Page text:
Re: [salud] Christer's review of draft-ietf-salud-alert-info-urns-09 (Dale R. Worley) Tue, 07 January 2014 21:31 UTC

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Date: Tue, 7 Jan 2014 16:31:26 -0500 (EST)
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From: (Dale R. Worley)
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To: Christer Holmberg <>
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Subject: Re: [salud] Christer's review of draft-ietf-salud-alert-info-urns-09
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> From: Christer Holmberg <>

> Q1:
> -----
> Remove the references from the Abstract.

Yeah, the I-D guidelines (
say that Abstracts should not contain references.

> Q2:
> -----
> There are a number of editorial inconsistences that needs to be fixed.
> E.g. "Alert-Info header field" vs "SIP Alert-Info header field" vs "Alert-Info"
> E.g. "180 (Ringing)" vs "180 Ringing"
> Etc.

I think we want to say consistently "180 (Ringing) response" since
"Ringing" isn't a defining part of the respose code.

> Q3:
> -----
> As the draft updates RFC 3261, I would like to have a section named
> "Update to RFC 3261". Now there are only a few places in the
> introduction talking about the update.

As far as I can find, there are only 10 RFCs that have sections with
this pattern of name.  Most of them invove textual amendments to
previous RFCs.

It seems to me that it is clear to the reader that we are altering
behavior specified in RFC 3261, given that the first sentence of 1.2
is "This specification changes the usage of the SIP Alert-Info header
field defined in the [RFC3261] by additionally allowing its use in all
provisional responses to INVITE (except the 100 response)."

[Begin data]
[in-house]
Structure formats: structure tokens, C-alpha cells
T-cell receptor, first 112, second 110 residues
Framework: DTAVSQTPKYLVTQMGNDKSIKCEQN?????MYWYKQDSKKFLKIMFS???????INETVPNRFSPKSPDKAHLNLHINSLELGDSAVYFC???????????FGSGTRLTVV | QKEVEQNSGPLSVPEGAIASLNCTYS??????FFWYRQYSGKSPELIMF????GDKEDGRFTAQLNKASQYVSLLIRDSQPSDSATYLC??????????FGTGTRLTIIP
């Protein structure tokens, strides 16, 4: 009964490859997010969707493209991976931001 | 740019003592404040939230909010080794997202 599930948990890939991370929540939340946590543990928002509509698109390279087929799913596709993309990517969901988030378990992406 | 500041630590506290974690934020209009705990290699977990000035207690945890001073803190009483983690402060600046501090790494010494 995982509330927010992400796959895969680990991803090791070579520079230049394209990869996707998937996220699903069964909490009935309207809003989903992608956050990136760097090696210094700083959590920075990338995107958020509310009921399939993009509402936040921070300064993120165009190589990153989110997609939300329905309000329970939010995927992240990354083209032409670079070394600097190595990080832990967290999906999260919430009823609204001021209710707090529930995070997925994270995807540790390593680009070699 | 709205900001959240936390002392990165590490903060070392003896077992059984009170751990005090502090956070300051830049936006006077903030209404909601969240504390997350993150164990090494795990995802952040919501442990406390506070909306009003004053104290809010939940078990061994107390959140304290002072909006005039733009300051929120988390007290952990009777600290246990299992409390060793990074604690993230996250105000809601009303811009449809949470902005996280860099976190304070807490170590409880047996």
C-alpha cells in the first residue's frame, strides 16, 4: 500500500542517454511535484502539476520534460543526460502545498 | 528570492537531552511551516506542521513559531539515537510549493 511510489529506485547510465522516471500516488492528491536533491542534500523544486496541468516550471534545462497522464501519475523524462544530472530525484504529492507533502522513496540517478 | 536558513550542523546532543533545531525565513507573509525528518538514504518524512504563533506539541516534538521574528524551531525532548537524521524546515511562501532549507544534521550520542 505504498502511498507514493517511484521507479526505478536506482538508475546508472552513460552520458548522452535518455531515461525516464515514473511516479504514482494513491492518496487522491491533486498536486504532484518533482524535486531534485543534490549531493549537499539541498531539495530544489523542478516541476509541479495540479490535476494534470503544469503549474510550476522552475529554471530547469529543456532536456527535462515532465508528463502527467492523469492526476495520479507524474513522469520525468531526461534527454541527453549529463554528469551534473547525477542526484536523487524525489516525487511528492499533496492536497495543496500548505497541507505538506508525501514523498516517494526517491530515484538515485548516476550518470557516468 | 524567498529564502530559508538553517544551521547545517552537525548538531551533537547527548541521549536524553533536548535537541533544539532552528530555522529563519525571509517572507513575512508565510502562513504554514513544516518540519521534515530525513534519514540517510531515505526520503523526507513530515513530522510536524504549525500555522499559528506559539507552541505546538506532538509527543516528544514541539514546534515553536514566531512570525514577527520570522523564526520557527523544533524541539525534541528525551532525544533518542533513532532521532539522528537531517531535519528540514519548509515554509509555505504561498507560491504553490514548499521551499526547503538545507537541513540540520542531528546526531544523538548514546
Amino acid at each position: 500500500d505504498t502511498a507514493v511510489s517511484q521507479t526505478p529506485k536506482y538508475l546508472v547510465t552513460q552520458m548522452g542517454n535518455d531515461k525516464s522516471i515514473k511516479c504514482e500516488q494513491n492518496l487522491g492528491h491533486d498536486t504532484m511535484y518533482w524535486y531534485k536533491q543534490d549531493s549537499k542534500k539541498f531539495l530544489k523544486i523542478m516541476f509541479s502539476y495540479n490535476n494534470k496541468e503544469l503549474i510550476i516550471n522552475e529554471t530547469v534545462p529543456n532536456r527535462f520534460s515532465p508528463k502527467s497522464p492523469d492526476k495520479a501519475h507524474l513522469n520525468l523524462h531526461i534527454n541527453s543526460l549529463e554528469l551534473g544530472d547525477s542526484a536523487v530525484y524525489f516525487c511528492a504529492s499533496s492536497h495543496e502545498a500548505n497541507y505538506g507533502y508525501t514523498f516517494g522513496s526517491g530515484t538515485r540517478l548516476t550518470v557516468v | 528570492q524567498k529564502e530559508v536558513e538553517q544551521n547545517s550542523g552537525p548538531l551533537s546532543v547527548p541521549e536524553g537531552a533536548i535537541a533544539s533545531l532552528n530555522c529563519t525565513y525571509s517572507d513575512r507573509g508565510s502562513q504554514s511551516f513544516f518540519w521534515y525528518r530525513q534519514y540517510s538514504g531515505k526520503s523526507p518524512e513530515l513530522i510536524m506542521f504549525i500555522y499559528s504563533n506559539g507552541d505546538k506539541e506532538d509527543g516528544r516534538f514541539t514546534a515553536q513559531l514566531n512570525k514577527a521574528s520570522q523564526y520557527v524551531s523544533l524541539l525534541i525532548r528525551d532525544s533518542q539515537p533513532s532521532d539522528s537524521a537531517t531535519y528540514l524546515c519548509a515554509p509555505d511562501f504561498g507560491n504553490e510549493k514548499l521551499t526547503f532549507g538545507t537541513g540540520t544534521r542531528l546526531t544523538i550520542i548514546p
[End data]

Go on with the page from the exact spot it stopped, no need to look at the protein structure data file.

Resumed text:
Certainly, you can't implement this draft by amending a device's
behavior only as specified in section 1.2.

> Q4:
> -----
> I am not sure the text in section 1.2 belongs to the
> Introduction. It is basically the "Update to RFC 3261" section I
> mentioned in Q3.

The information in 1.2 is duplicated in the later sections, so it does
follow the rule that the introduction is summarized from the rest of
the text.

> Q5:
> -----
> I am not sure the text in section 1.3 belongs to the
> Introduction. We normally have a separate section.

Roughly 463 RFCs have a "terminology" section.  Of them, about 144
have a terminology section that is a subsection of section 1.  Given
how short our terminology section is, it seems OK to me.

> Q6:
> -----
> Section 1.1 says:
> "In [RFC3261] this is done by including a URI in the Alert-Info
> header field, that specifies the tone."
> Should the text say that the header field includes a REFERENCE to a
> tone? Later in the paragraph, you DO talk about the referenced tone.

It depends on whether we think that all URIs that were envisioned in
RFC 3261 were considered to be themselves "references".  RFC 3261 is
very vague about this.

> Q7:
> ----
> Section 1.1 says:
> "The URI is most commonly the HTTP URL to the audio file."
> s/"the audio file"/"an audio file"

Either form is usable, but I think the second form is better.

> Q8:
> -----
> Section 1.1. says:
> "It is not possible to provide semantic indications or names for
>  rendering characteristics that signals the intent and allows the
>  recipient UA to decide how to render the received information in an
>  appropriate way."
> The sentence is very confusing. Why not simply say something like:
>  "It is not possible to define semantics associated with a given tone."

The sentence is confusing, but you haven't captured the meaning we
want (perhaps because we confused you!).  What we are concerned about
the "specifier" can't state what the semantics of the tone are and let
the renderer choose the appropriate tone.

How about:

 "There is no method to signal the semantic intention of the tone
  (without signaling a specific tone) and allowing the recipient UA
  to decide what tone to use to signal the intention.  Similarly,
  there is no method to signal particular rendering features (such as
  short duration, delay, or country-specific conventions) without
  signaling a specific tone."

> Q9:
> -----
> Section 4 defines the ABNF for the URN, but [there] is no text on how to
> "map" it into the Alert-Info header field ABNF:
> For example, I assume that the URN is encoded using the opaque-part
> format of the absoluteURI, and that the scheme value is "urn". I
> think it would be good to indicate that.

Actually, we're depending on the fact (unstated in RFC 3261) that any
"absolute" URI (per RFC 3986) is allowed as a header field value in
Alert-Info, and that the URNs we are defining conform to the absolute
URI syntax.  If the syntax for <absoluteURI> in RFC 3261 didn't allow
all absolute URIs, we'd have to amend RFC 3261.